Stories through music: Manchester Camerata Hidden Histories
Sunday, May 1, 2022
Manchester Camerata and Lavender Rodriguez have been collaborating with school students on a project focused on underrepresented composers and the compositional process. Hugh Morris attended a Hidden Histories session to find out more.
One of the few genuine positives of the lockdown period has been education’s interrogation of its historical biases. Potentially tricky conversations about what we teach, and which figures we platform, can only make the discipline stronger as we strive to make music more accessible.
The success of these conversations so far has meant that many schools now find themselves at the next stage of the process. Especially in music, figures like Florence Price and Julius Eastman are no longer unfamiliar names. Now, they need to be embedded within the curriculum going forward, to ensure history doesn't repeat its exclusionary patterns.
This is part of the aim of Hidden Histories, an outreach project that adds to Manchester Camerata’s broad portfolio of community work. By teaching students about the histories of previously overlooked composers, dissecting their creative output, and then reusing those approaches to inform new compositions, it's hoped that these hidden histories will eventually come alive, reborn in the creative touches of a new generation of musical creators.
Previous workshops organised by Manchester Camerata in partnership with composer James B. Wilson have examined composers such as Samuel Coleridge-Taylor, Ignatius Sancho and Joseph Bologne. Here, four new figures feature on the mini syllabus. Scott Joplin, the piano innovator and King of Ragtime, is the best known of these figures. Julius Eastman – whose work has received increased interest particularly over the last five years – appears alongside a similarly rejuvenated figure in Britain's Ruth Gipps, whose Symphony No. 2 received its overdue Proms premiere with the City of Birmingham Symphony Orchestra and Mirga Gražinytė-Tyla in 2021.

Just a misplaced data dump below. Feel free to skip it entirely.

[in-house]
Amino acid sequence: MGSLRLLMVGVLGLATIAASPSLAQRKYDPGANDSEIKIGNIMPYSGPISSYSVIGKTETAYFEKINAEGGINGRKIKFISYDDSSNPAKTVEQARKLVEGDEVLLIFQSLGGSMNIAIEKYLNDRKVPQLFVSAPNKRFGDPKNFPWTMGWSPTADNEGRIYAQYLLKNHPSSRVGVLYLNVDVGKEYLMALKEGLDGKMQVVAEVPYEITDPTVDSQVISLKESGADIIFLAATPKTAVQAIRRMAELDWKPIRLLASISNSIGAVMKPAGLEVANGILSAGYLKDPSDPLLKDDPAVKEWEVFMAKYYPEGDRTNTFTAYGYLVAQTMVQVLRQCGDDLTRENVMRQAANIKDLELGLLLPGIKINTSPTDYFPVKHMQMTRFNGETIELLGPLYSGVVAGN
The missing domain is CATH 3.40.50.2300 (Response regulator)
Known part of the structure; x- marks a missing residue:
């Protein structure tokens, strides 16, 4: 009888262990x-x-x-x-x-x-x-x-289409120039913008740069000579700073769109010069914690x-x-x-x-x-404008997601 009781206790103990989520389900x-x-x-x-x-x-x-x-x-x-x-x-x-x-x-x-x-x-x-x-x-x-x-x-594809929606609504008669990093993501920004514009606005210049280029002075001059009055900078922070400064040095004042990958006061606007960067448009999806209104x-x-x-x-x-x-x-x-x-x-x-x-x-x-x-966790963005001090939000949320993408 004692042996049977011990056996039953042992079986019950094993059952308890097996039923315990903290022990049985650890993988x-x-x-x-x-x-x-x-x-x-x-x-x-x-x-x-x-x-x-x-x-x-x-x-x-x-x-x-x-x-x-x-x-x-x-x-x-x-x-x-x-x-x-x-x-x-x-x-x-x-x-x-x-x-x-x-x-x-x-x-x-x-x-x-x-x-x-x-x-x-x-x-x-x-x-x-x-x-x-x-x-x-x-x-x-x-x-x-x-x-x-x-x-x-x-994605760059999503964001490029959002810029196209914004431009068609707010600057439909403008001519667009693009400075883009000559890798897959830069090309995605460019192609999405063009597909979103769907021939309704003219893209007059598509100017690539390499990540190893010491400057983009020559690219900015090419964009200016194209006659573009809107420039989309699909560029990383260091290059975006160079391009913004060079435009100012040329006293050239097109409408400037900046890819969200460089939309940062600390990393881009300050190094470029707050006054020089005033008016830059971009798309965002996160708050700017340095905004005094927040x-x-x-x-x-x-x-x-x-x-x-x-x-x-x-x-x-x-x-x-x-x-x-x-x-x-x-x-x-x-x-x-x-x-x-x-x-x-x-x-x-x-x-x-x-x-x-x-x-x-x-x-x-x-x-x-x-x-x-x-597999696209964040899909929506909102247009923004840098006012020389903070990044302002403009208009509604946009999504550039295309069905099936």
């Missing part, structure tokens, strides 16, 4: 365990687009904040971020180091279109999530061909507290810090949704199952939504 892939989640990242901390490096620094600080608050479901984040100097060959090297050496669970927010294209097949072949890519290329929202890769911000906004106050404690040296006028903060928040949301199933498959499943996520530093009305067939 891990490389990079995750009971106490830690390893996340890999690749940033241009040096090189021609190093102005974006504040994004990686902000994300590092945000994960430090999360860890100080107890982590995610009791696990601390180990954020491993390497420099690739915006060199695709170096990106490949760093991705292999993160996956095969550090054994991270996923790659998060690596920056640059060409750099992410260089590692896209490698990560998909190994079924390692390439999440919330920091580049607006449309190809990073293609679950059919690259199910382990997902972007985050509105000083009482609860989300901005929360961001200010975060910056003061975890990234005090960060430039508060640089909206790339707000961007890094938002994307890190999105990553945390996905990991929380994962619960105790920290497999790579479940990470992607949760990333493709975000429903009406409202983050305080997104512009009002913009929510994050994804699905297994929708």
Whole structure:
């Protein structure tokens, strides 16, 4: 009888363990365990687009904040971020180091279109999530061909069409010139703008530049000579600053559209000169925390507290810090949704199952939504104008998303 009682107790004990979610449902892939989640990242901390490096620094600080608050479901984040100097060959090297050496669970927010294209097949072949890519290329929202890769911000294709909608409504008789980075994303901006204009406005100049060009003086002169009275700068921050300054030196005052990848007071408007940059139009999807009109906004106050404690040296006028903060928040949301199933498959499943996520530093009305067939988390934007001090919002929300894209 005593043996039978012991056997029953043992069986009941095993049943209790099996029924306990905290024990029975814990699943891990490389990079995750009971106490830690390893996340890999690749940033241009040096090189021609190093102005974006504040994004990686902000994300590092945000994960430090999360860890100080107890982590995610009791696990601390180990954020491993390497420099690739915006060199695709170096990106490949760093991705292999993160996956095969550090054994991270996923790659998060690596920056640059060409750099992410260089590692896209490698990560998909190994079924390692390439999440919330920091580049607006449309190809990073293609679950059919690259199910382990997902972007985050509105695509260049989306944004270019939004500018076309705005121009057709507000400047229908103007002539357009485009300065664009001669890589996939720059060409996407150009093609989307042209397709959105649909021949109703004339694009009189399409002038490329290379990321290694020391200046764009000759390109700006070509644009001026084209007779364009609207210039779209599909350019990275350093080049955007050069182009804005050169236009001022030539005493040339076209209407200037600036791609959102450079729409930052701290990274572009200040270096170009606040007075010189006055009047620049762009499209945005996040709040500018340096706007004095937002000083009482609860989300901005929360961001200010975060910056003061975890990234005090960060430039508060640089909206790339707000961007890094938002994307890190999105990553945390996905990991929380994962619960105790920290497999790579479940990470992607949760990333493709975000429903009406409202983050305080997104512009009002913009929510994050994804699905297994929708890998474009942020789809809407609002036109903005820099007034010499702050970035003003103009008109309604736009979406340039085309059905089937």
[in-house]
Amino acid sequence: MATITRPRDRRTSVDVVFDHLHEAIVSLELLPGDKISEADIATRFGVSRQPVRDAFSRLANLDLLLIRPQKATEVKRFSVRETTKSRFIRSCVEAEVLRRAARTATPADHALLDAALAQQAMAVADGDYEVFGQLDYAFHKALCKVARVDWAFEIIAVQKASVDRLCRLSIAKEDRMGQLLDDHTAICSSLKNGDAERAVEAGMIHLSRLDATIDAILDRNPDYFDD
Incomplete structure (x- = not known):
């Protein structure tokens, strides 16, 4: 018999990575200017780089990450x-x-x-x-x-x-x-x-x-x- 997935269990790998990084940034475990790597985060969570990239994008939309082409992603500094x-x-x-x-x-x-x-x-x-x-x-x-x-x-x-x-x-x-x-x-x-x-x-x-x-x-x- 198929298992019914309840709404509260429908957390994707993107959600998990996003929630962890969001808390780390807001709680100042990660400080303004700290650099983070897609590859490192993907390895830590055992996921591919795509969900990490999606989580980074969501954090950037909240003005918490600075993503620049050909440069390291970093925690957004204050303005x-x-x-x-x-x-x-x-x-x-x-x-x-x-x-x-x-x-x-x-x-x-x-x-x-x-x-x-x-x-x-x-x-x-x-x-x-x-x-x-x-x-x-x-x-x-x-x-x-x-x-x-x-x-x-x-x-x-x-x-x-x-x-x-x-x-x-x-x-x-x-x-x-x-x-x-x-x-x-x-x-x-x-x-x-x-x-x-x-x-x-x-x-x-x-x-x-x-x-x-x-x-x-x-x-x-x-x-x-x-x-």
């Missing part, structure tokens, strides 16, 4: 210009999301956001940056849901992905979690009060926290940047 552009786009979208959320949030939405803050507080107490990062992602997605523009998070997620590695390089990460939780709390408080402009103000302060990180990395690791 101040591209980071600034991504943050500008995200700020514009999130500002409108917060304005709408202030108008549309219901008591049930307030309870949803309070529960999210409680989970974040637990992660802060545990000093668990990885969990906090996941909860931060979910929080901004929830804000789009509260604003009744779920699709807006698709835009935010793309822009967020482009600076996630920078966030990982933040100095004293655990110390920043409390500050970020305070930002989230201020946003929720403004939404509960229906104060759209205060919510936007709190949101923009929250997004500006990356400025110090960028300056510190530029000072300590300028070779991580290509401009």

The final composer of the quartet is perhaps the least familiar, certainly in the United Kingdom. Known as the ‘Dean of Black Women Composers’, American educator and composer Undine Smith Moore initially trained as a pianist but ended up writing a significant amount of choral works, including a number of arrangements of spirituals and traditional songs from her childhood.
It's apt that Smith Moore should be selected for a schools’ project dedicated to increasing representation, given that the second part of her career was dedicated to doing exactly that. Though her 1981 cantata for Scenes from the Life of a Martyr was nominated for a Pulitzer Prize, the most profound impact of her professional life was felt through the Black Music Center at Virginia State Department of Music, which she founded in 1969 to educate members about the ‘contributions of Black people to the music of the United States and the world’. Active as a teacher until the end of her career, she described teaching ‘as an art in itself’ – an inspirational force, and one whose legacy is remembered here.
Lavender Rodriguez, a Manchester-based composer tasked with leading the workshops, concurs. ‘[Smith Moore] is considered the mother, or the star – a major presence for Black female composers. Her pieces are based a lot on spirituality and influenced a lot by jazz and blues. And she only saw her influences as spirituals and J.S. Bach, which is really interesting. A lot of her composing came from teaching music – she would create exercises for her students, and then write more and more and more.’
Rodriguez works as a facilitator and an instrumentalist, which they balance alongside their studies in composition at Manchester's Royal Northern College of Music. They explain more about the project's inception. ‘Manchester Camerata started this project last year, but right now was the first time that they were able to do it in person. The whole concept was to expose the kids to underrepresented composers that they may not have heard of, but also, write a piece and learn what composition is, what makes up that process and break down those barriers.’
There's a sense of paying it back for Rodriguez. ‘It's really touching that they get that exposure early on. I grew up in a white-centric county, and I was often singled out. I didn't think that composition was a viable career – there was little exposure for us. So being able to go into schools and tell them that regardless of who you are and what background you come from, you can do whatever your heart wants, it's quite powerful to be the person that tells them that.’